Is Patient Safety Being Compromised Due to The Pay Cap? | The Flame Lily, UK Nursing and Care Agency

Is Patient Safety Being Compromised Due to The Pay Cap?

Posted on June 13, 2016

The Government, in an effort to cut down on costs and to bring back nurses into the NHS fold had introduced a pay cap on the amount that an agency could charge for a healthcare professional.  The cap came into force in November 2015, at which time the Health Secretary Jeremy Hunt had said that staffing agencies had been able to “rip off the NHS by charging extortionate hourly rates”.  However, in case the trusts felt that there was significant risk to patient safety, they could bypass the pay cap.  Beginning November 23, 2015, when the rules first took effect, the “break glass” clause has been used 35,662 times between 228 hospital trusts.

Simon Stevens, chief executive of NHS England, said that he wanted to see “good paying permanent jobs” being created instead of paying £1.8bn to agency and contract staff.  The reason why healthcare facilities were adding a larger number of nurses was due to the official report that identified the lack of nurses as a key reason for the Stafford Hospital scandal.  According to the health regulator NHS Improvement, hospitals in England were short of 15,000 required nurses.

While many trusts managed to stay within the regulated pay caps for the first 12 weeks, they were soon struggling to do so.  The number of times the “break glass” clause has been used since 1st April when the cap was further brought down to 55%, had increased by 30% as compared to the previous month.  According to the Economic Director of NHS Improvement, Chris Mullin, “Predominantly, it’s about has the nursing director got good workforce systems in place, good advanced planning, and good rostering of shifts, and are they working effectively with the finance director and the rest of the board to tackle the agency challenge.”

The Royal College of Nursing claims that the NHS has not done enough to meet the demand for nurses, resulting in hospitals turning to agencies for filling in their requirements.  According to figures obtained by the BBC in February 2016, more than 23,000 nursing vacancies existed in the NHS across England, Wales and Ireland.  This constitutes about 9% of the workforce – compare this to typical vacancy rates across all forms of work, which stands at 2.7%.

However, given the pay cap, the hospitals found themselves not being able to bring in the nurses from the agencies and so in the interest of patient safety, they had to make use of the “break glass” clause.  According to chief executive of the RCN, Janet Davies, “Agency cap breaches are a barometer of the scale of the NHS's workforce problem, and it shows clearly that the problem is getting worse.  NHS Trusts are unable to recruit nurses and are rightly prioritising patient safety over sticking to the cap. This is a workforce planning issue. The number of nurses being trained in the UK has been reduced, for short-term financial reasons."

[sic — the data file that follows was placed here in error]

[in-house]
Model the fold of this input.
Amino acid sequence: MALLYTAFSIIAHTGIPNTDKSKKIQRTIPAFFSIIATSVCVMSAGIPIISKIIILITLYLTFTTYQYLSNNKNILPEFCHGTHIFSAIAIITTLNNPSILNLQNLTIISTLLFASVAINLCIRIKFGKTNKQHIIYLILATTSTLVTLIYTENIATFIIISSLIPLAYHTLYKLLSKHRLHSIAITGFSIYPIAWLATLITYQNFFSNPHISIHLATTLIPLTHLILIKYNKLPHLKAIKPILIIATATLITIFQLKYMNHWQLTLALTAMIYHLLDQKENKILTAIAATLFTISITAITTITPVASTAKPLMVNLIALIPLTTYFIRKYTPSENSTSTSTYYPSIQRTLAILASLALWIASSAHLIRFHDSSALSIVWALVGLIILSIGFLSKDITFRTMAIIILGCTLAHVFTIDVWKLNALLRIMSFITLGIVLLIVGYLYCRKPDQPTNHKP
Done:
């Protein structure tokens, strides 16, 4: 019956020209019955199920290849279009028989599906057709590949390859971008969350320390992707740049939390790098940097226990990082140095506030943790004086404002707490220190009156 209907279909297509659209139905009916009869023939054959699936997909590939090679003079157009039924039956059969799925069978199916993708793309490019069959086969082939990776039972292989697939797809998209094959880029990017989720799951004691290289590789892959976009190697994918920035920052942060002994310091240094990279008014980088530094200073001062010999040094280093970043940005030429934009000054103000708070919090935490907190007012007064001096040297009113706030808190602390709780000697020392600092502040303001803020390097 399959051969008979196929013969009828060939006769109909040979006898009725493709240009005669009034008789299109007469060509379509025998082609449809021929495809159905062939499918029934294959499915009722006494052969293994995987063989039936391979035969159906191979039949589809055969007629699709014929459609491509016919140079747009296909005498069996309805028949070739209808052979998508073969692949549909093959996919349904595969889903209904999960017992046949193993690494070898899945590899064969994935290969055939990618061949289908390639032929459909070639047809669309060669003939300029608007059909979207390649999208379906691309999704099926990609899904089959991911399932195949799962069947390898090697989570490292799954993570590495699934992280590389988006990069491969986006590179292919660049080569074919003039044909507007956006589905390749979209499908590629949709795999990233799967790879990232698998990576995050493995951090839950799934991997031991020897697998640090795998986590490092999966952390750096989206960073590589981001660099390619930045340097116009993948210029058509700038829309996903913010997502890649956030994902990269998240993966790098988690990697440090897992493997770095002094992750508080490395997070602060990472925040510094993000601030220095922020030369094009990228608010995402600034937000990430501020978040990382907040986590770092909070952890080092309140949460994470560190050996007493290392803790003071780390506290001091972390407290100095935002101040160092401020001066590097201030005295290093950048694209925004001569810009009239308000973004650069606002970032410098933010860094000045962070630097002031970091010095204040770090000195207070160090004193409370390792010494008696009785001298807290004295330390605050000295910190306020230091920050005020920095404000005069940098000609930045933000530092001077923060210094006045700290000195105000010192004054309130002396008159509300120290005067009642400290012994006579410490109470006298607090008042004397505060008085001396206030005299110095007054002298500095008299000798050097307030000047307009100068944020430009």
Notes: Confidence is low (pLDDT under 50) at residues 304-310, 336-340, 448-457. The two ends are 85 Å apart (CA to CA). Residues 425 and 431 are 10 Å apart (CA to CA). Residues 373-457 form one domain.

On the other hand, a spokeswoman for the NHS Improvement said, “The cap has saved up to £300m since October.  We know that trusts will need to override the cap where patient safety is a concern and it's important that they are able to do that. But as the new rules set in, whilst overrides did increase temporarily, they have begun to steadily decline as we expected.  Overuse of agencies is bad for patients, bad for the NHS and unfair on other staff.  These measures will help those staff currently working in agencies to come back into the NHS.  Average prices paid for agency nurses have fallen by around 11% since October, so NHS nurses can be assured that their agency colleagues aren't being paid over the odds for doing the same job."

Our take on the issue

As an agency helping you with your staffing needs, we understand your issues with recruiting and retaining nursing staff.  At the same time we also empathize with the stand taken by the NHS.  However, we believe that the primary goal of any healthcare facility is patient care and safety.  There should not and cannot be any mitigating factors that compromise patient care.  We understand that your healthcare facility cannot make any compromises with the safety and care of your patients and are thus here to ensure that you do not face staffing shortage.

If you have faced any issues with the pay caps and the clause, we would like to hear from you about your experience.  Even if you haven’t, we would love to know your views on the above. And if you need any help, remember, we are there to bring your troubles to an end.

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